This post piggy backs my post from yesterday. Whilst reading this, understand that mindfulness and meditation are huge components of truly developing life long discipline. We will see how important the idea of mind control is, and the preparation of such leading up to the moments that we need self discipline most, are.
According to a 2013 study by Wilhelm Hoffman, works linked here, people with high self control are happier than those without. The study discovered this is true because the self disciplined subjects were more capable of dealing with goal conflicts. These people spent less time debating whether to indulge in behaviors detrimental to their health, and were able to make positive decisions more easily. The self disciplined did not allow their choices to be dictated by impulses or feelings. Instead, they made informed, rational decisions on a daily basis without feeling overly stressed or upset.
Good news, discipline is a learned behavior, it has jack shit to do with genetics. You parents are the ones that should have set this in place and spoke about the importance of keeping a healthy mind and body. If they didn't, pff most of the world doesn't, so don't point the finger at them today, the past is gone and irreversible and it's your responsibility now, especially after reading this easy to implement guide.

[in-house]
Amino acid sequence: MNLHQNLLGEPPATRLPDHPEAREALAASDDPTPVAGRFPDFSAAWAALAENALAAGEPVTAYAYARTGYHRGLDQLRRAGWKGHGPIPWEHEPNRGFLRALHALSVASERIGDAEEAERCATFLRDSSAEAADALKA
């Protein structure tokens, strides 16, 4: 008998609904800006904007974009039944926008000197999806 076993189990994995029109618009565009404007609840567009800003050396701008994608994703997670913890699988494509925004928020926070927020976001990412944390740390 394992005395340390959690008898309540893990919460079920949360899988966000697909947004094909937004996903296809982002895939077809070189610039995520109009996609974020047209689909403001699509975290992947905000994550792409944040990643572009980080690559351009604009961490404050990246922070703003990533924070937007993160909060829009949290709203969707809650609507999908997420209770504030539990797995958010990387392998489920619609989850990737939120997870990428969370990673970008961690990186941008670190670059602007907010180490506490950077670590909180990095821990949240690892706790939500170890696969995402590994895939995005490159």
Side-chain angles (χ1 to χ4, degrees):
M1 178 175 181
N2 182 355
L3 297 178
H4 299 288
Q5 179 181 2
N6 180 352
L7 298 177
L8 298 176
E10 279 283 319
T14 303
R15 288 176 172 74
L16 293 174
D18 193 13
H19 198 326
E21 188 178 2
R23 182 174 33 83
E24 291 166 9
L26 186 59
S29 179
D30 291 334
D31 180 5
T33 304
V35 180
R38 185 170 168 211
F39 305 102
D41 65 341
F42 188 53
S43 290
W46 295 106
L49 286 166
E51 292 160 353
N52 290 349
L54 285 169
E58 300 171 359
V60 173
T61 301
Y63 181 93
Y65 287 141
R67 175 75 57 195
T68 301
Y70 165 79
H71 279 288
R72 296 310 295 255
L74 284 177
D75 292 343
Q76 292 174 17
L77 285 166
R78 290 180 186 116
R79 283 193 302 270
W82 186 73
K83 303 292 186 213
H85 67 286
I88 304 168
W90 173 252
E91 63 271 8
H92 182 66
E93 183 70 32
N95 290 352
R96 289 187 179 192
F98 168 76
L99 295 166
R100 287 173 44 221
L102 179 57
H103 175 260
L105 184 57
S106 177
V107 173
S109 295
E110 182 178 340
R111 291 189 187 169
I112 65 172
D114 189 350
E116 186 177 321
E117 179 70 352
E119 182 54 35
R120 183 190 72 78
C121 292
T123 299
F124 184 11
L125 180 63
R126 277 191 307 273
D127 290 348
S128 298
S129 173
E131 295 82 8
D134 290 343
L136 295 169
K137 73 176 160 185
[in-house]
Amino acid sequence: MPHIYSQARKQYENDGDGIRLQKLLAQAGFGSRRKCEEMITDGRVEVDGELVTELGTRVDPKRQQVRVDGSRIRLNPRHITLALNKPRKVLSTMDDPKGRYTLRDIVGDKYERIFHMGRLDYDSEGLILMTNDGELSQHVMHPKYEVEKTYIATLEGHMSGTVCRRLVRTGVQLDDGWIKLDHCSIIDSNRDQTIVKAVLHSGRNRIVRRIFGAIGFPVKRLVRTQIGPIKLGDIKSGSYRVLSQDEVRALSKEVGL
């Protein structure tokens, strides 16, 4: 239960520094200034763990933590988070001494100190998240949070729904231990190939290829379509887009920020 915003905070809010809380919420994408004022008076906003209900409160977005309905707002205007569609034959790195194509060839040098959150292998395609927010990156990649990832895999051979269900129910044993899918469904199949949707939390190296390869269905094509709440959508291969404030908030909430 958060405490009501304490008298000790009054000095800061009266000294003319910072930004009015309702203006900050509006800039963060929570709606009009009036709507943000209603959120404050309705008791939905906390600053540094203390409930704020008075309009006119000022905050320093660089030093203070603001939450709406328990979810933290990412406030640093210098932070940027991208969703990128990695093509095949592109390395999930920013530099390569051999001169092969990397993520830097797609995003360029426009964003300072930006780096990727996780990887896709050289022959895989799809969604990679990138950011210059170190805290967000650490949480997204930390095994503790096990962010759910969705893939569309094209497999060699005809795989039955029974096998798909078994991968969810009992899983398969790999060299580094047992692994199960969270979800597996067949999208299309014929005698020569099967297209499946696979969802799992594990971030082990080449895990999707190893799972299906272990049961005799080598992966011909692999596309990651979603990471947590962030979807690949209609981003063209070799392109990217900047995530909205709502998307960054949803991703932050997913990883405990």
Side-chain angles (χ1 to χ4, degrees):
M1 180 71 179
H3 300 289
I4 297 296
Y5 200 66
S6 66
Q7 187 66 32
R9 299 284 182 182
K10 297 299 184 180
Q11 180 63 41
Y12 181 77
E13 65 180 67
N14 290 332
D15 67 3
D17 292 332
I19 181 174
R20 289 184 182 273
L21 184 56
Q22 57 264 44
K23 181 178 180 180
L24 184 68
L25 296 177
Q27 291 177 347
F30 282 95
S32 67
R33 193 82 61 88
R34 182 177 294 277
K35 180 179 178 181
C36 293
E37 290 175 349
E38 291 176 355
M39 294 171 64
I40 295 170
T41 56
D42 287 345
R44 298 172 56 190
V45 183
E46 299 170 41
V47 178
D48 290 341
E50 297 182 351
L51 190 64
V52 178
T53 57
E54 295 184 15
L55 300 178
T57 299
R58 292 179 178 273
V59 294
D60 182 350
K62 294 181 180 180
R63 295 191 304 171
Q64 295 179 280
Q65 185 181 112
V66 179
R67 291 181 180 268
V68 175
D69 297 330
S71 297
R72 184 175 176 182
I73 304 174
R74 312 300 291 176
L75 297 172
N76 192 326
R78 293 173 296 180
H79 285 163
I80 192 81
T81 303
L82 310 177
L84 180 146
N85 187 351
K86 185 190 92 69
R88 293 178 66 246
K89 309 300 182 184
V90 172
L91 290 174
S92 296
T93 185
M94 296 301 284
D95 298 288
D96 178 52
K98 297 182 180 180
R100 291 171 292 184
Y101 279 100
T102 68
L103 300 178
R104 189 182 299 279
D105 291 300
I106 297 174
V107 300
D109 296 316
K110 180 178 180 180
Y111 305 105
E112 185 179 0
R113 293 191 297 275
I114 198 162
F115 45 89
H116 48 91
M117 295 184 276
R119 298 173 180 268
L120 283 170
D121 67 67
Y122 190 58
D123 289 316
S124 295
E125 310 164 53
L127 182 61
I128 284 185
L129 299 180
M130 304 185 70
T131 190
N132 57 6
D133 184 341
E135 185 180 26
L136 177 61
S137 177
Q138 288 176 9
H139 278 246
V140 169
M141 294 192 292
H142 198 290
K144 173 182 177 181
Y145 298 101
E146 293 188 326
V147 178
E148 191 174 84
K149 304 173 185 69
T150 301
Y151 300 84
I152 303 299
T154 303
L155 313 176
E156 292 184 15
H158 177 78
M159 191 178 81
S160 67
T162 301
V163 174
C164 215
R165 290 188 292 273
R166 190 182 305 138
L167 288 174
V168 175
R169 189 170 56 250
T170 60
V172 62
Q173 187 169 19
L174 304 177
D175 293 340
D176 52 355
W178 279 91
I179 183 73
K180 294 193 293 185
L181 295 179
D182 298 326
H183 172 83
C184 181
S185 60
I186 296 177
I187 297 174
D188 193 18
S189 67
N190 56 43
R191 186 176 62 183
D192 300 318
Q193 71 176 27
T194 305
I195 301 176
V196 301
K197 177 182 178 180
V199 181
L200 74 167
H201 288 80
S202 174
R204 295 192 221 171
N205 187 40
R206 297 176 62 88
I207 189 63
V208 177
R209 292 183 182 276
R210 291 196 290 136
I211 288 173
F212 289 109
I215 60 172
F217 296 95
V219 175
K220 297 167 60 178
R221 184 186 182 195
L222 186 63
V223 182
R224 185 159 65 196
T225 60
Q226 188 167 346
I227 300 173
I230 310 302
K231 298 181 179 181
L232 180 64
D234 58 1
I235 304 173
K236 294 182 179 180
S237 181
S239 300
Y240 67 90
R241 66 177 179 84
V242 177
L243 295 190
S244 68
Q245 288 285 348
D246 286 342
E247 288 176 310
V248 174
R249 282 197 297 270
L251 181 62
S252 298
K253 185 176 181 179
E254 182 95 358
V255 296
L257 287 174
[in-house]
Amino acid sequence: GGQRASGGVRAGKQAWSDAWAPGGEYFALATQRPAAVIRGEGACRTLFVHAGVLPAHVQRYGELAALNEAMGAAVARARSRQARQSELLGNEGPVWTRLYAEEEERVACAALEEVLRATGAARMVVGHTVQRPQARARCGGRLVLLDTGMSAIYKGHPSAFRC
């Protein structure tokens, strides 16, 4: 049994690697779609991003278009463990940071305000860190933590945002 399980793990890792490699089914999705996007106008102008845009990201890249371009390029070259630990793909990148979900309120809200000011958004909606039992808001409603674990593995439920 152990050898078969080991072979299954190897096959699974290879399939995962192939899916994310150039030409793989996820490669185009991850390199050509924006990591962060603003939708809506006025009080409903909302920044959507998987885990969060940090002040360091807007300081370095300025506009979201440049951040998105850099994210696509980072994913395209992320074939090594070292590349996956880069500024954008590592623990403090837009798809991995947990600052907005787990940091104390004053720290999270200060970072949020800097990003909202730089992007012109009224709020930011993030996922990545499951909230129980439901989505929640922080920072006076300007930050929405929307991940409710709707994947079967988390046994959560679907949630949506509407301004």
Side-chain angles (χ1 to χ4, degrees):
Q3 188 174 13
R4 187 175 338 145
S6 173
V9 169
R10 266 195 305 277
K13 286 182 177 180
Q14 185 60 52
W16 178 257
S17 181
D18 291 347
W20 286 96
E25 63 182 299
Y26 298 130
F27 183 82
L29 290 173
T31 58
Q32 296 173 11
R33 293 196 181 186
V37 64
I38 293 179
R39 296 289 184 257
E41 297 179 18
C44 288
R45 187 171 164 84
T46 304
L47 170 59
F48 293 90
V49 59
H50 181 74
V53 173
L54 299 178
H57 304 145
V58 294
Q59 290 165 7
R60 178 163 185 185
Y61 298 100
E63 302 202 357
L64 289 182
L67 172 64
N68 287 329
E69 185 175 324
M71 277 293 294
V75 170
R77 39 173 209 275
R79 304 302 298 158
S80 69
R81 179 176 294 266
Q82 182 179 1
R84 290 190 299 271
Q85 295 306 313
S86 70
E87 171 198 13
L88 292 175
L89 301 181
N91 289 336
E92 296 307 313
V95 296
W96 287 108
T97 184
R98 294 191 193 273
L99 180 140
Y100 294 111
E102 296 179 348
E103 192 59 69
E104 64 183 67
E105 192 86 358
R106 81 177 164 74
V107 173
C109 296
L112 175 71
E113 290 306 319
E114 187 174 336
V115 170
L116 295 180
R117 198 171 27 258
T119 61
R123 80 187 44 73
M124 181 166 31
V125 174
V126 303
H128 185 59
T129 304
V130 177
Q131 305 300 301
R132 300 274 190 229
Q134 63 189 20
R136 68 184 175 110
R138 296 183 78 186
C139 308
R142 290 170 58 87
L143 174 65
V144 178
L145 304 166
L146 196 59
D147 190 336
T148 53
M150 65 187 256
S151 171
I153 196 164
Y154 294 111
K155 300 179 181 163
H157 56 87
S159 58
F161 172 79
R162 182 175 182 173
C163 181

Why am I posting this? I don't worry if the world knows "the secrets" I know, that's for sure, because they're not secrets and I highly doubt 70% of the people who read this are actually going to have that moment of clarity and snap out of it. I'd bet that even less of the people who do, won't put it into effect. I'd being willing to bet my money on the people who are already self disciplined, and need that extra kick in the ass and some understanding.
Let's get started... Part I.
I have done plenty of research and found a great, thorough explanation of what is occurring chemically and biologically when we run into a scenario that requires self control as well as the best method that I've not only read about (it's the same premise, just worded differently.) on TRP, but have applied to my life entirely.
We have 2 minds
By Al Uvorof, a "Quora" user who posted an explanation of self control.
Our self-control is a result of evolution. Because social cooperation ensures survival, humans evolved to get along with each other. We learned how to suppress our impulses. Impulse control became a primary function of self-control.
As a result of this evolutionary development, we have two minds. One strives for immediate gratification. The other controls our impulses and is capable of long-term planning.
We alternate between the two minds. Whenever there's a conflict, one mind needs to overwrite the other. This is when we use (or don't use.) the willpower. It's almost as if you've lost self control when you binge ate. When you just stuck it in without a condom on, or when you promised yourself 3 drinks, but had 9. One mind just shuts off, and the other takes over. So what if we reverse this process... what if we halt that other mind from taking over?
The pause-and-plan response